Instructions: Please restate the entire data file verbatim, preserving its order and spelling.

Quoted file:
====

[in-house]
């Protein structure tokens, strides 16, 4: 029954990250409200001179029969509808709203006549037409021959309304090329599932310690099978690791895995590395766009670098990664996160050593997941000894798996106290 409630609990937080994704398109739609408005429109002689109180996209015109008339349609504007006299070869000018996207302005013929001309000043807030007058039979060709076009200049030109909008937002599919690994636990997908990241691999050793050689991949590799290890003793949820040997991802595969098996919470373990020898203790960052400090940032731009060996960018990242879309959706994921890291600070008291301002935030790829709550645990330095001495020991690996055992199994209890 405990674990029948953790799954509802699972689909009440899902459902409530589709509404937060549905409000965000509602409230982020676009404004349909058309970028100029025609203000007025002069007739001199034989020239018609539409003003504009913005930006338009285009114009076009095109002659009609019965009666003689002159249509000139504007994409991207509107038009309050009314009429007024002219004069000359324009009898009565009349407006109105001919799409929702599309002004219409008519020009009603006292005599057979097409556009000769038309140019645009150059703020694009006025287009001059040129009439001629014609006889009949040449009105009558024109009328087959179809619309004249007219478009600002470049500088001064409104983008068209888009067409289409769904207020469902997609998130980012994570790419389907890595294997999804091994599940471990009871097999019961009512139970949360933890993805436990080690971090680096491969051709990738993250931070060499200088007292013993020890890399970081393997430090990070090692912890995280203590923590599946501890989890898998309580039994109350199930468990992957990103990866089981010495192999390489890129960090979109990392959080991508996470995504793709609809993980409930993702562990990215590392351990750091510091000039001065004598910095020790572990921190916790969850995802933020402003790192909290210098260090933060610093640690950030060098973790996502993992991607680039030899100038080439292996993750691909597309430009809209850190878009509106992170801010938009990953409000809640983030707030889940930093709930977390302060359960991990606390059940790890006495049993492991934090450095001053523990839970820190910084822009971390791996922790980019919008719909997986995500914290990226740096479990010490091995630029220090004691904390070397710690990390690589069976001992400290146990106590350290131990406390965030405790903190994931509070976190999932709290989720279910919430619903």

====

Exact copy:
[in-house]
């Protein structure tokens, strides 16, 4: 029954990250409200001179029969509808709203006549037409021959309304090329599932310690099978690791895995590395766009670098990664996160050593997941000894798996106290 409630609990937080994704398109739609408005429109002689109180996209015109008339349609504007006299070869000018996207302005013929001309000043807030007058039979060709076009200049030109909008937002599919690994636990997908990241691999050793050689991949590799290890003793949820040997991802595969098996919470373990020898203790960052400090940032731009060996960018990242879309959706994921890291600070008291301002935030790829709550645990330095001495020991690996055992199994209890 405990674990029948953790799954509802699972689909009440899902459902409530589709509404937060549905409000965000509602409230982020676009404004349909058309970028100029025609203000007025002069007739001199034989020239018609539409003003504009913005930006338009285009114009076009095109002659009609019965009666003689002159249509000139504007994409991207509107038009309050009314009429007024002219004069000359324009009898009565009349407006109105001919799409929702599309002004219409008519020009009603006292005599057979097409556009000769038309140019645009150059703020694009006025287009001059040129009439001629014609006889009949040449009105009558024109009328087959179809619309004249007219478009600002470049500088001064409104983008068209888009067409289409769904207020469902997609998130980012994570790419389907890595294997999804091994599940471990009871097999019961009512139970949360933890993805436990080690971090680096491969051709990738993250931070060499200088007292013993020890890399970081393997430090990070090692912890995280203590923590599946501890989890898998309580039994109350199930468990992957990103990866089981010495192999390489890129960090979109990392959080991508996470995504793709609809993980409930993702562990990215590392351990750091510091000039001065004598910095020790572990921190916790969850995802933020402003790192909290210098260090933060610093640690950030060098973790996502993992991607680039030899100038080439292996993750691909597309430009809209850190878009509106992170801010938009990953409000809640983030707030889940930093709930977390302060359960991990606390059940790890006495049993492991934090450095001053523990839970820190910084822009971390791996922790980019919008719909997986995500914290990226740096479990010490091995630029220090004691904390070397710690990390690589069976001992400290146990106590350290131990406390965030405790903190994931509070976190999932709290989720279910919430619903």